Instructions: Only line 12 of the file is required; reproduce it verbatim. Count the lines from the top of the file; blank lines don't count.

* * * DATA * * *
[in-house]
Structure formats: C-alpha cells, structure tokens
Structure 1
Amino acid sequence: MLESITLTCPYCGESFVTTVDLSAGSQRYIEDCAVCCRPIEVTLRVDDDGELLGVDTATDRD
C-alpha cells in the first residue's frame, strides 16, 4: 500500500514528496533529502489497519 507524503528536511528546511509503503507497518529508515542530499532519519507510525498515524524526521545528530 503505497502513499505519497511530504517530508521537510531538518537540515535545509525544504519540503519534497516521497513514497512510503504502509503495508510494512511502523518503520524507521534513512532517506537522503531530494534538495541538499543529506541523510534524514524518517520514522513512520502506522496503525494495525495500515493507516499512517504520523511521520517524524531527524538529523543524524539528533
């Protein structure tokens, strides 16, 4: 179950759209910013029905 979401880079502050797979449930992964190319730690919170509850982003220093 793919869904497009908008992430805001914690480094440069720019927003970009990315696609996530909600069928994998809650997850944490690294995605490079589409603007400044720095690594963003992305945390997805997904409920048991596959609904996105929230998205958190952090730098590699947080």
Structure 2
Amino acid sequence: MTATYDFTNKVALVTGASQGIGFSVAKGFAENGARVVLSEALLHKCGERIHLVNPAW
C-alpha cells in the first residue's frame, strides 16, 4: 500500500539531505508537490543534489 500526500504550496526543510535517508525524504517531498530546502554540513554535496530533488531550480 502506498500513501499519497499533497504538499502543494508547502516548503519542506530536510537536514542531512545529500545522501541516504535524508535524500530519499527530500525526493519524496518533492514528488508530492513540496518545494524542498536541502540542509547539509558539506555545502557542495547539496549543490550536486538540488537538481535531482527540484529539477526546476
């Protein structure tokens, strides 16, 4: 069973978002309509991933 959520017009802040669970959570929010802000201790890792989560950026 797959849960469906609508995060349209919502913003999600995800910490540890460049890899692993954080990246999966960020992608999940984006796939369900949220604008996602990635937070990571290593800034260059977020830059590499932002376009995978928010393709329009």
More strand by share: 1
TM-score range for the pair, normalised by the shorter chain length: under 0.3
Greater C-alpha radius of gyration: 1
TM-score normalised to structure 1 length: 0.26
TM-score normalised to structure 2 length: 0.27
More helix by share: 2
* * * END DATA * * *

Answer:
TM-score range for the pair, normalised by the shorter chain length: under 0.3